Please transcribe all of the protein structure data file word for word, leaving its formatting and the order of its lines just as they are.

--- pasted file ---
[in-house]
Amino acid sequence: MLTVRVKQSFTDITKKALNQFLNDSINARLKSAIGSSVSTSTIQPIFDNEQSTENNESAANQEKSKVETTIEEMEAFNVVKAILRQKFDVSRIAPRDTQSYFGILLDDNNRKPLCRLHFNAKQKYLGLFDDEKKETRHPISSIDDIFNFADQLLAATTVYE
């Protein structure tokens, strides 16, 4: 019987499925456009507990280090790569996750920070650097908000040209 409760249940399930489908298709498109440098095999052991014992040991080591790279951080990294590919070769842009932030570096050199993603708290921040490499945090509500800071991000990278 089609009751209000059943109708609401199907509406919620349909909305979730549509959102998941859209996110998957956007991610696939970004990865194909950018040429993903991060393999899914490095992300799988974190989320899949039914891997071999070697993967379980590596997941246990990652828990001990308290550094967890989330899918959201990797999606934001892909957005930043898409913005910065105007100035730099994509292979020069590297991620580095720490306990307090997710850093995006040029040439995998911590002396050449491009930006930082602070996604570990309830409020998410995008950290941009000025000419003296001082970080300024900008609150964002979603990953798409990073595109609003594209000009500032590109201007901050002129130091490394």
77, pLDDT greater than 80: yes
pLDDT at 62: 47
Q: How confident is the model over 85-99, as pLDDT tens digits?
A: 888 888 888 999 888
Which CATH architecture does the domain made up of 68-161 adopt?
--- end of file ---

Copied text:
[in-house]
Amino acid sequence: MLTVRVKQSFTDITKKALNQFLNDSINARLKSAIGSSVSTSTIQPIFDNEQSTENNESAANQEKSKVETTIEEMEAFNVVKAILRQKFDVSRIAPRDTQSYFGILLDDNNRKPLCRLHFNAKQKYLGLFDDEKKETRHPISSIDDIFNFADQLLAATTVYE
């Protein structure tokens, strides 16, 4: 019987499925456009507990280090790569996750920070650097908000040209 409760249940399930489908298709498109440098095999052991014992040991080591790279951080990294590919070769842009932030570096050199993603708290921040490499945090509500800071991000990278 089609009751209000059943109708609401199907509406919620349909909305979730549509959102998941859209996110998957956007991610696939970004990865194909950018040429993903991060393999899914490095992300799988974190989320899949039914891997071999070697993967379980590596997941246990990652828990001990308290550094967890989330899918959201990797999606934001892909957005930043898409913005910065105007100035730099994509292979020069590297991620580095720490306990307090997710850093995006040029040439995998911590002396050449491009930006930082602070996604570990309830409020998410995008950290941009000025000419003296001082970080300024900008609150964002979603990953798409990073595109609003594209000009500032590109201007901050002129130091490394």
77, pLDDT greater than 80: yes
pLDDT at 62: 47
Q: How confident is the model over 85-99, as pLDDT tens digits?
A: 888 888 888 999 888
Which CATH architecture does the domain made up of 68-161 adopt?